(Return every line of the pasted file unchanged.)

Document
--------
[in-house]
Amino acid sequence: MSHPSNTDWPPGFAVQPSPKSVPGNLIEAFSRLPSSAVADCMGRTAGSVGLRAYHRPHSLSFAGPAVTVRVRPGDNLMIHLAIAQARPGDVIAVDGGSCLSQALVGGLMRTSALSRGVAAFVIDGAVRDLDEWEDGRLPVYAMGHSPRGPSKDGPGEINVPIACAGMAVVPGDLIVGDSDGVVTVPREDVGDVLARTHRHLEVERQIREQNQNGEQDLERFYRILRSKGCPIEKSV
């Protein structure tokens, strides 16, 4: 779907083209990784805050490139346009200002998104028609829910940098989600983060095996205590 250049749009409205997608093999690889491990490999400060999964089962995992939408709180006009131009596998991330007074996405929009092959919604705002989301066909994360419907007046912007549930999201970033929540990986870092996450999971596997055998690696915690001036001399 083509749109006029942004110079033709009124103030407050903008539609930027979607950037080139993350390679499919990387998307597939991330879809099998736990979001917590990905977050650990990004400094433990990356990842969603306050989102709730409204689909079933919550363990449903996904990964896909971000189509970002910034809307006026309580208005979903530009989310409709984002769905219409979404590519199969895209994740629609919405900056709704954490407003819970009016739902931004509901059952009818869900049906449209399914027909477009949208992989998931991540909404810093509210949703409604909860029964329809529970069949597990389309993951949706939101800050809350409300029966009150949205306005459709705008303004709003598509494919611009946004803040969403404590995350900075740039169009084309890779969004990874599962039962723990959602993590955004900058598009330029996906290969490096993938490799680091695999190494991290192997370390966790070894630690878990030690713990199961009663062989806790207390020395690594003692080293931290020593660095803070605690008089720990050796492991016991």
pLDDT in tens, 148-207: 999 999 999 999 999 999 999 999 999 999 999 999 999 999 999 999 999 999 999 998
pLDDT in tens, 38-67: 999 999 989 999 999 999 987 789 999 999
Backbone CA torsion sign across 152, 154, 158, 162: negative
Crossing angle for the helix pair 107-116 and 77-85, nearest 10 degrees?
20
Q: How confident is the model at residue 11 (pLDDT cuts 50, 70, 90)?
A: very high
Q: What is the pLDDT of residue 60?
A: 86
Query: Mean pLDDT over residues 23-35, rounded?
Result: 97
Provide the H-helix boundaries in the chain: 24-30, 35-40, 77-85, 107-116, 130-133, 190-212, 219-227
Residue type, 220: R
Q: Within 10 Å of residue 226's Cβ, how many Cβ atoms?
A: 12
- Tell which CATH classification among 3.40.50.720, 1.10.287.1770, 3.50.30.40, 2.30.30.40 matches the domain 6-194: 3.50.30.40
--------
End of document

[in-house]
Amino acid sequence: MSHPSNTDWPPGFAVQPSPKSVPGNLIEAFSRLPSSAVADCMGRTAGSVGLRAYHRPHSLSFAGPAVTVRVRPGDNLMIHLAIAQARPGDVIAVDGGSCLSQALVGGLMRTSALSRGVAAFVIDGAVRDLDEWEDGRLPVYAMGHSPRGPSKDGPGEINVPIACAGMAVVPGDLIVGDSDGVVTVPREDVGDVLARTHRHLEVERQIREQNQNGEQDLERFYRILRSKGCPIEKSV
């Protein structure tokens, strides 16, 4: 779907083209990784805050490139346009200002998104028609829910940098989600983060095996205590 250049749009409205997608093999690889491990490999400060999964089962995992939408709180006009131009596998991330007074996405929009092959919604705002989301066909994360419907007046912007549930999201970033929540990986870092996450999971596997055998690696915690001036001399 083509749109006029942004110079033709009124103030407050903008539609930027979607950037080139993350390679499919990387998307597939991330879809099998736990979001917590990905977050650990990004400094433990990356990842969603306050989102709730409204689909079933919550363990449903996904990964896909971000189509970002910034809307006026309580208005979903530009989310409709984002769905219409979404590519199969895209994740629609919405900056709704954490407003819970009016739902931004509901059952009818869900049906449209399914027909477009949208992989998931991540909404810093509210949703409604909860029964329809529970069949597990389309993951949706939101800050809350409300029966009150949205306005459709705008303004709003598509494919611009946004803040969403404590995350900075740039169009084309890779969004990874599962039962723990959602993590955004900058598009330029996906290969490096993938490799680091695999190494991290192997370390966790070894630690878990030690713990199961009663062989806790207390020395690594003692080293931290020593660095803070605690008089720990050796492991016991």
pLDDT in tens, 148-207: 999 999 999 999 999 999 999 999 999 999 999 999 999 999 999 999 999 999 999 998
pLDDT in tens, 38-67: 999 999 989 999 999 999 987 789 999 999
Backbone CA torsion sign across 152, 154, 158, 162: negative
Crossing angle for the helix pair 107-116 and 77-85, nearest 10 degrees?
20
Q: How confident is the model at residue 11 (pLDDT cuts 50, 70, 90)?
A: very high
Q: What is the pLDDT of residue 60?
A: 86
Query: Mean pLDDT over residues 23-35, rounded?
Result: 97
Provide the H-helix boundaries in the chain: 24-30, 35-40, 77-85, 107-116, 130-133, 190-212, 219-227
Residue type, 220: R
Q: Within 10 Å of residue 226's Cβ, how many Cβ atoms?
A: 12
- Tell which CATH classification among 3.40.50.720, 1.10.287.1770, 3.50.30.40, 2.30.30.40 matches the domain 6-194: 3.50.30.40